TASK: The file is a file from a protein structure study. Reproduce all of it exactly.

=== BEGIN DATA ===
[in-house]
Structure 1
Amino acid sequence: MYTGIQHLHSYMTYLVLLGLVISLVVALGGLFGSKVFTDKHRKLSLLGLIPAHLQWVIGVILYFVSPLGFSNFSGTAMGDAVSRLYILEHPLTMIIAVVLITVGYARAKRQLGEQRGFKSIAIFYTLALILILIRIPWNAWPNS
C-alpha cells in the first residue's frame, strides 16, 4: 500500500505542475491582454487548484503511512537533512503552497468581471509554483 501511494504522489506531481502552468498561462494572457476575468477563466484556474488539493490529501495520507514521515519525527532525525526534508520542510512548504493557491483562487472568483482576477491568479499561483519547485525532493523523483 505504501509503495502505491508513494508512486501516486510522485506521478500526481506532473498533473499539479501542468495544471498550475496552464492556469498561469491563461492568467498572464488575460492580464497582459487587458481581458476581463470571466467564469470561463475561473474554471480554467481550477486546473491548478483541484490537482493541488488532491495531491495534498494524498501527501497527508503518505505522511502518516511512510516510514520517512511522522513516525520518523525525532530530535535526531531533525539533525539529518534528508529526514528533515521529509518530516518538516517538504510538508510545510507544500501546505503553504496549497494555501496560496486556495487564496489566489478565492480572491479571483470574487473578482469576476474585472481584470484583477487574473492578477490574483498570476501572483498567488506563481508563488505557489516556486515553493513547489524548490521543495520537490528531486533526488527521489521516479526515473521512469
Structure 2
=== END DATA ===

[in-house]
Structure 1
Amino acid sequence: MYTGIQHLHSYMTYLVLLGLVISLVVALGGLFGSKVFTDKHRKLSLLGLIPAHLQWVIGVILYFVSPLGFSNFSGTAMGDAVSRLYILEHPLTMIIAVVLITVGYARAKRQLGEQRGFKSIAIFYTLALILILIRIPWNAWPNS
C-alpha cells in the first residue's frame, strides 16, 4: 500500500505542475491582454487548484503511512537533512503552497468581471509554483 501511494504522489506531481502552468498561462494572457476575468477563466484556474488539493490529501495520507514521515519525527532525525526534508520542510512548504493557491483562487472568483482576477491568479499561483519547485525532493523523483 505504501509503495502505491508513494508512486501516486510522485506521478500526481506532473498533473499539479501542468495544471498550475496552464492556469498561469491563461492568467498572464488575460492580464497582459487587458481581458476581463470571466467564469470561463475561473474554471480554467481550477486546473491548478483541484490537482493541488488532491495531491495534498494524498501527501497527508503518505505522511502518516511512510516510514520517512511522522513516525520518523525525532530530535535526531531533525539533525539529518534528508529526514528533515521529509518530516518538516517538504510538508510545510507544500501546505503553504496549497494555501496560496486556495487564496489566489478565492480572491479571483470574487473578482469576476474585472481584470484583477487574473492578477490574483498570476501572483498567488506563481508563488505557489516556486515553493513547489524548490521543495520537490528531486533526488527521489521516479526515473521512469
Structure 2